The United Auto Workers (UAW) on Friday has expanded its strike against the Big Three U.S. automakers to 38 General Motors and Stellantis parts distribution centers across the United States, bringing the total factories on strike up to 41.
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Ford Motor Co. is spared from the expansion of the strike as its negotiations with the union will continue.
Some 5,600 workers at those facilities spanning 20 states walked off their jobs on Friday, joining the 12,700 workers already on UAW's strike, said UAW President Shawn Fain during a Facebook live event on Friday.
This expansion has taken the strike nationwide, Fain said. "We will be everywhere, from California to Massachusetts, from Oregon to Florida. And we will keep going, keep organizing, and keep expanding the Stand-Up Strike as necessary."
"Across the country, people are gonna know that the UAW is ready to stand up for our communities, and ready to stand up against corporate greed," he added.
U.S. President Joe Biden said he will go to Michigan on Tuesday to "join the picket line and stand in solidarity with the men and women of UAW as they fight for a fair share of the value they helped create," according to a statement posted on X, formerly known as Twitter.
In response to the union's latest action, GM issued a statement Friday saying "the decision to strike an additional 18 of our facilities, affecting more than 3,000 team members plus their families and communities, adds validity to the blueprint identified in last night's leaked texts that the UAW leadership is manipulating the bargaining process for their own personal agendas."
GM says it is "prepared to do what is best for our business, our customers, and our dealers."
"We question whether the union's leadership has ever had an interest in reaching an agreement in a timely manner. They seem more concerned about pursuing their own political agendas than negotiating in the best interests of our employees and the sustainability of our U.S. operations given the market's fierce competition," Stellantis said in its statement Friday.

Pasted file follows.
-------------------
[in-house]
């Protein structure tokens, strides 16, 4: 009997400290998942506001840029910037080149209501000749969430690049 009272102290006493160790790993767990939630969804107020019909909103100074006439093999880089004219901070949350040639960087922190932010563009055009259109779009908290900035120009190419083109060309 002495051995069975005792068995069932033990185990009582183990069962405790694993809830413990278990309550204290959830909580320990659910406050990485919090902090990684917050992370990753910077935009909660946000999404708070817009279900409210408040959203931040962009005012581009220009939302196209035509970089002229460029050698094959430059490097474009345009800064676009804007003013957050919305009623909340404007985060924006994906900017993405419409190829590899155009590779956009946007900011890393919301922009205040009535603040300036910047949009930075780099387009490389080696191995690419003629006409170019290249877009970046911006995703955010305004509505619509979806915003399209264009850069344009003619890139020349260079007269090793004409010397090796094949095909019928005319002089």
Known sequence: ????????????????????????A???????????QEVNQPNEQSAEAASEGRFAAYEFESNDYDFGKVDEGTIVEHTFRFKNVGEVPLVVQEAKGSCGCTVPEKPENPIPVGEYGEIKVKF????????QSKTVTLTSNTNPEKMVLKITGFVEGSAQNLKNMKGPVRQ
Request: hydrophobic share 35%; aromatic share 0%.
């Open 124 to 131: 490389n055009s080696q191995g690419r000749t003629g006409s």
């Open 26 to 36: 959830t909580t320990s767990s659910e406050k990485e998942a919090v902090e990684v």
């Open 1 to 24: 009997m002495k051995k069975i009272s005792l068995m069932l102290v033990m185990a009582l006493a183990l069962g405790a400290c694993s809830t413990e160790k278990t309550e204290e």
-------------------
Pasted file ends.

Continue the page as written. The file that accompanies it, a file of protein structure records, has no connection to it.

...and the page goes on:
Stellantis on Thursday made a "very competitive offer" to the union that would give full time hourly workers a 21.4 percent compounded wage increase, a "long-term solution" for the automaker's idled Belvidere plant, and "significant product allocation."
"We still have not received a response to that offer," Stellantis said in the statement. "We look forward to the UAW leadership's productive engagement so that we can bargain in good faith to reach an agreement that will protect the competitiveness of our company and our ability to continue providing good jobs."
The union's strike originally just targeted three plants, namely, Ford's Wayne Assembly Plant in Michigan, GM's Wentzville Assembly in Missouri and Stellantis' Toledo Jeep plant in Ohio.
An expanding strike will make things worse.
GM has idled its Fairfax plant in Kansas where 2,000 hourly employees work, as a result of the impact of the UAW strike at its Wentzville Assembly Plant in Missouri.
Stellantis on Wednesday laid off 68 workers at its machining plant as a result of a strike at its Toledo Jeep plant in Ohio. Ford laid off about 600 workers last week at its Wayne plant.
After almost a week of negotiations, it appears the union and the Big Three are still far apart on some key issues, The Detroit News reported Friday.
In an opinion piece published by local media on Wednesday, GM President Mark Reuss called the UAW demands "untenable," saying GM's offer would bring 85 percent of the company's represented employees to a base wage of about 82,000 dollars a year.
UAW Vice President Mike Booth, also director of the union's GM department, nevertheless responded on Thursday, saying the union was fighting for all 100 percent of its members. ■